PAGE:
Critical power-sharing talks between Greece's two main parties dragged into Wednesday without any signs of progress on who will head a new interim government, despite intense European pressure to end the political crisis that has put the euro under threat.
Negotiations between Prime Minister George Papandreou and opposition leader Antonis Samaras began Monday. The two reached a landmark weekend agreement to forge an interim government that will shepherd the country's new euro130 billion ($179 billion) European rescue package through Parliament and end an intense political crisis that threatened Greece's solvency and membership of the euro.
Officials on both the governing Socialists' side and the opposition conservatives said there was broad agreement on naming former European Central Bank vice president Lucas Papademos as premier to take over from Papandreou. The officials spoke on condition of anonymity because they were not authorized to discuss the developing situation.
Papandreou said in the early afternoon that a deal was close.
But as the evening wore on, several government and opposition officials said a main sticking point arose after European officials demanded written guarantees by both main parties that they supported the new debt deal _ a demand with which the opposition conservatives took issue. They also spoke on condition of anonymity, citing the same reason.
However, a conservative party official said the issue causing a delay was related to who would be finance minister in the new government.
That official and a government official said Greece's representative to the International Monetary Fund, Panagiotis Roumeliotis, was a contender to take over from Evangelos Venizelos in the post. They both spoke on condition of anonymity because they were not authorized to discuss the private negotiations.
Opposition conservative party spokesman Yiannis Michelakis indicated that the sticking point was with the governing Socialists, saying that any signs of progress would come from the prime minister's office rather than opposition party headquarters.
But there were clear signs of irritation from the conservatives over European demands for guarantees from Athens.
On Monday, eurozone finance ministers said the heads of the two main parties had to commit in writing to the terms of the country's bailouts before Athens can receive a vital euro8 billion ($11 billion) loan installment without which the country faces default within weeks.
"It is indeed essential that a new government will express its explicit and unequivocal commitment in writing concerning all the decisions taken by the 17 euro area member states on Oct. 27," EU economic affairs commissioner Olli Rehn said in Brussels Tuesday.
The next rescue loan installment "can then be disbursed once there is full clarity about Greece sticking to the agreed course and policies," Rehn said. "It should be clear in Athens that solidarity is a two-way street and we expect a united political class to carry out its part of responsibilities."
Michelakis reacted with irritation.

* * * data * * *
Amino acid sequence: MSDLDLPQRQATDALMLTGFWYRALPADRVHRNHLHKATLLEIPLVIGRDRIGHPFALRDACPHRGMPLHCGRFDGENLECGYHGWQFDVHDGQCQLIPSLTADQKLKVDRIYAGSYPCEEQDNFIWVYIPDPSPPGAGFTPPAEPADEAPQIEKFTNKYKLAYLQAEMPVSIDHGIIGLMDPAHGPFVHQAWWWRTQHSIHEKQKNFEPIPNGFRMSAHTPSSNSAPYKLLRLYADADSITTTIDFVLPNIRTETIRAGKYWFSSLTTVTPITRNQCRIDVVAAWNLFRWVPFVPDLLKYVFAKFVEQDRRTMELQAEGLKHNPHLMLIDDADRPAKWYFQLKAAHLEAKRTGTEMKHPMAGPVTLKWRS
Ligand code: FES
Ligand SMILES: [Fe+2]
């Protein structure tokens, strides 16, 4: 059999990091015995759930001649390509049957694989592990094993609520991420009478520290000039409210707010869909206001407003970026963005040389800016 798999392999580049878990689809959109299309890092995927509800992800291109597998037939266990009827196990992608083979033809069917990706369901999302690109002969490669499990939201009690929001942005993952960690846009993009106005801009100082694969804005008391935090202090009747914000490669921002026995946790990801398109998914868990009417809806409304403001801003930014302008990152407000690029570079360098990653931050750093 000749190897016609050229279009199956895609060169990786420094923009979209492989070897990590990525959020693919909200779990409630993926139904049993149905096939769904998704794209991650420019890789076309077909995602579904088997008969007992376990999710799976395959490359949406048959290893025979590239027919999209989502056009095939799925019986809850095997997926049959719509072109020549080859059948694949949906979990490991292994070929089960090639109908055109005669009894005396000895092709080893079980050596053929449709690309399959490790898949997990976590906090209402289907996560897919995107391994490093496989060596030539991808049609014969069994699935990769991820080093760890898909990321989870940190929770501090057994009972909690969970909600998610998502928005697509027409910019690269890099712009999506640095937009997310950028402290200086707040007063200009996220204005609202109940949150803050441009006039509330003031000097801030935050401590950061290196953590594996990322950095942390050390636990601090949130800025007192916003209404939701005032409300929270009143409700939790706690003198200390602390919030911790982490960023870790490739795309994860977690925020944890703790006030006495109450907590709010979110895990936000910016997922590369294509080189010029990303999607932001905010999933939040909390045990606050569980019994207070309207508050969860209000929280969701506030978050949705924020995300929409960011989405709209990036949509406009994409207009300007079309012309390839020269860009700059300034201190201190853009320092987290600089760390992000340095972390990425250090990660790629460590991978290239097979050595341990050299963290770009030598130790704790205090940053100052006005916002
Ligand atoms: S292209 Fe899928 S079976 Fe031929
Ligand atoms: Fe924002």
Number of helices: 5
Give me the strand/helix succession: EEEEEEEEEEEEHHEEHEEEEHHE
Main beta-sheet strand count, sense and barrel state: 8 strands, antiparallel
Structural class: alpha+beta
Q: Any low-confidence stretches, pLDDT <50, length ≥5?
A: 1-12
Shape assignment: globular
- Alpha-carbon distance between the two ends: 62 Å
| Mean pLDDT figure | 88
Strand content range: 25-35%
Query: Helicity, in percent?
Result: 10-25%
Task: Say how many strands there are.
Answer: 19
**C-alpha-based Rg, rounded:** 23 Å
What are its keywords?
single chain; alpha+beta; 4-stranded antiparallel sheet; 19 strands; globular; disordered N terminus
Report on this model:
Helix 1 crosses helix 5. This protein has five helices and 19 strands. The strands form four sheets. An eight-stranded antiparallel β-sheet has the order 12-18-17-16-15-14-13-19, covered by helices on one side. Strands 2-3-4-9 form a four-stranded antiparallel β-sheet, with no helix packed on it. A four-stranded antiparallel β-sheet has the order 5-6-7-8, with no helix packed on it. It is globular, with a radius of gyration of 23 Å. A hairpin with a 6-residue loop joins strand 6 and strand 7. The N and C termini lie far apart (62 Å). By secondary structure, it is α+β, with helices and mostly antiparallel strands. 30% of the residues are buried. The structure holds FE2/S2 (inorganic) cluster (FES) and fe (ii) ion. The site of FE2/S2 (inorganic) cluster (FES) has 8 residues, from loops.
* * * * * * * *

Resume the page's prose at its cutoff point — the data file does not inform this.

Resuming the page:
"The fact that Europe has lost any trace of trust in the (Socialist) government does not mean it can insult our national dignity," he said in a statement in response to Rehn's statement.
Earlier in the day, a senior Greek government official said Greece's eurozone partners had demanded even more during their meeting in Brussels on Monday _ that Papandreou and Samaras, the Bank of Greece governor, the new prime minister and the new finance minister all co-sign a letter reaffirming their commitment to the country's bailout deals and economic reforms.
Samaras appeared to take offense.
"There is national dignity," he said in a statement. "I have long and repeatedly explained why, in order to protect the Greek economy and the euro, the implementation of the (new European debt deal) has become 'inevitable'. I do not allow anyone to cast doubt on these statements."
Without the Oct. 27 deal, which took European leaders months to work out, Greece would go bankrupt, potentially wrecking Europe's banking system and sending the global economy back into recession.
"I believe that we are now close to an agreement," Papandreou said during a Cabinet meeting Tuesday afternoon.
"When one cooperates with another party, there are some red lines on either side which of course restrict things," he said. "Therefore, while one could imagine ideal situations, in reality these do not exist, and one seeks simply to find the best possible solution."
Papandreou's ministers offered him their resignations during the Cabinet meeting to pave the way for the creation of the interim government, which is to last until an early election expected Feb. 19.
The political crisis erupted last week, when Papandreou said he would put the new European rescue package to a referendum. Other eurozone nations were horrified by the delay, markets around the world tanked and Greece's international creditors froze the payment of the next bailout.
Papandreou withdrew the plan Thursday after Samaras indicated he would back the new deal. They then agreed Sunday for Papandreou to step down and the temporary government to be formed.
Greece has survived since May 2010 on a euro110 billion ($150 billion) rescue-loan program from its eurozone partners and the International Monetary Fund, but all agree it's not enough. A second rescue package has been created that involves private bondholders voluntarily agreeing to cancel 50 percent of their Greek debt.
In return for its bailout cash, Greece has endured 20 months of punishing austerity measures. The efforts by Papandreou's government to keep the country solvent have prompted violent protests, crippling strikes and a sharp decline in living standards for most Greeks. ____
Kantouris contributed from Thessaloniki. Associated Press writers Nicholas Paphitis and Derek Gatopoulos in Athens, and Gabriele Steinhauser in Brussels contributed to this report.